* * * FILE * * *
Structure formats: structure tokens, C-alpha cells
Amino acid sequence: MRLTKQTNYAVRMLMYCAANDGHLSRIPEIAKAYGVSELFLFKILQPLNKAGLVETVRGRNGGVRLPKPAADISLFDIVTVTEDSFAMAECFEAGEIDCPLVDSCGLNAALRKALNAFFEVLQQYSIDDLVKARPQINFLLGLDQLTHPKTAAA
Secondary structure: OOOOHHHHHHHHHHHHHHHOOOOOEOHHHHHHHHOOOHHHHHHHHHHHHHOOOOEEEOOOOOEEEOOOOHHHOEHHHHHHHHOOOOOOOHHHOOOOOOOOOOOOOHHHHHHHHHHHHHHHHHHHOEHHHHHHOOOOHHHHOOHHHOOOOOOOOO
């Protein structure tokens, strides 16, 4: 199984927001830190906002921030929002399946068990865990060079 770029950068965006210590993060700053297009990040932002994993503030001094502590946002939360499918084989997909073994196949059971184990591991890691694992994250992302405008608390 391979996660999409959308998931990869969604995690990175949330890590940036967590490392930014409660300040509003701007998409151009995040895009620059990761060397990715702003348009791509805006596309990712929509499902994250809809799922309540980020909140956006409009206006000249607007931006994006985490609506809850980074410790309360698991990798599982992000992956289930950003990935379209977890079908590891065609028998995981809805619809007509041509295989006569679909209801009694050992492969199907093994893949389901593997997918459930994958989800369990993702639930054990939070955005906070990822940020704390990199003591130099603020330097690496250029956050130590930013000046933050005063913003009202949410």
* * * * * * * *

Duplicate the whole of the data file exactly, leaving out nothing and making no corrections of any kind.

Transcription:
Structure formats: structure tokens, C-alpha cells
Amino acid sequence: MRLTKQTNYAVRMLMYCAANDGHLSRIPEIAKAYGVSELFLFKILQPLNKAGLVETVRGRNGGVRLPKPAADISLFDIVTVTEDSFAMAECFEAGEIDCPLVDSCGLNAALRKALNAFFEVLQQYSIDDLVKARPQINFLLGLDQLTHPKTAAA
Secondary structure: OOOOHHHHHHHHHHHHHHHOOOOOEOHHHHHHHHOOOHHHHHHHHHHHHHOOOOEEEOOOOOEEEOOOOHHHOEHHHHHHHHOOOOOOOHHHOOOOOOOOOOOOOHHHHHHHHHHHHHHHHHHHOEHHHHHHOOOOHHHHOOHHHOOOOOOOOO
């Protein structure tokens, strides 16, 4: 199984927001830190906002921030929002399946068990865990060079 770029950068965006210590993060700053297009990040932002994993503030001094502590946002939360499918084989997909073994196949059971184990591991890691694992994250992302405008608390 391979996660999409959308998931990869969604995690990175949330890590940036967590490392930014409660300040509003701007998409151009995040895009620059990761060397990715702003348009791509805006596309990712929509499902994250809809799922309540980020909140956006409009206006000249607007931006994006985490609506809850980074410790309360698991990798599982992000992956289930950003990935379209977890079908590891065609028998995981809805619809007509041509295989006569679909209801009694050992492969199907093994893949389901593997997918459930994958989800369990993702639930054990939070955005906070990822940020704390990199003591130099603020330097690496250029956050130590930013000046933050005063913003009202949410």